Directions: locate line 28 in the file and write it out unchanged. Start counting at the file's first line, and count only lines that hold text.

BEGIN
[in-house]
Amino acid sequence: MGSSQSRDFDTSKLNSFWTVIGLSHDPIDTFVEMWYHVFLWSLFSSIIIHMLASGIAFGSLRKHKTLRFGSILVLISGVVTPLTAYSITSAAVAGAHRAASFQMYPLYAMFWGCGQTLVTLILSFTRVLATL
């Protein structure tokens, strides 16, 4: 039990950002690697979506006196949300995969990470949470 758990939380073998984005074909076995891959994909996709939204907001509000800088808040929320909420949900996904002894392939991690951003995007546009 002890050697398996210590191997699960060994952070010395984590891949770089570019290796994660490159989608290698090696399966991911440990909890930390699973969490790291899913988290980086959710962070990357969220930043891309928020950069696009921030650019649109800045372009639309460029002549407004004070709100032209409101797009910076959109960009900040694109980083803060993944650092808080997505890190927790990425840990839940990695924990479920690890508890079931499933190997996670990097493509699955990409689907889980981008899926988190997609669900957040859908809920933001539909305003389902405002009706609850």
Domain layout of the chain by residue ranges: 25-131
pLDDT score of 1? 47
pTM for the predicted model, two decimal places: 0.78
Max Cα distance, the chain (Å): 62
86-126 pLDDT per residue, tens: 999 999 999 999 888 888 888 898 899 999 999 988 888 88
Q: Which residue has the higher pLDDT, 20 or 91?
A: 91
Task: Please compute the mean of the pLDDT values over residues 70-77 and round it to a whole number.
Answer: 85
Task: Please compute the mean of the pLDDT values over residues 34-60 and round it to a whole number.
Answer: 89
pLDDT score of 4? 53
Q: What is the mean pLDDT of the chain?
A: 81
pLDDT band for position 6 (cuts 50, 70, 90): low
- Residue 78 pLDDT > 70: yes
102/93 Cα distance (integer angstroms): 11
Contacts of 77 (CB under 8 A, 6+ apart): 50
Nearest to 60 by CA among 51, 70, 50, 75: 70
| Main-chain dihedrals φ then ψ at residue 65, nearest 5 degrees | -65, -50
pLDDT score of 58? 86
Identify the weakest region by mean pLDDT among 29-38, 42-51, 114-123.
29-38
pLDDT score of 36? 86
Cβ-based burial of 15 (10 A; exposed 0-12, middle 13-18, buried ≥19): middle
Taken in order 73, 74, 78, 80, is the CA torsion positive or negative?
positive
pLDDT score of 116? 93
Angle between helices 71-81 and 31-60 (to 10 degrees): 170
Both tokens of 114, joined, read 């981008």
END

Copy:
Cβ-based burial of 15 (10 A; exposed 0-12, middle 13-18, buried ≥19): middle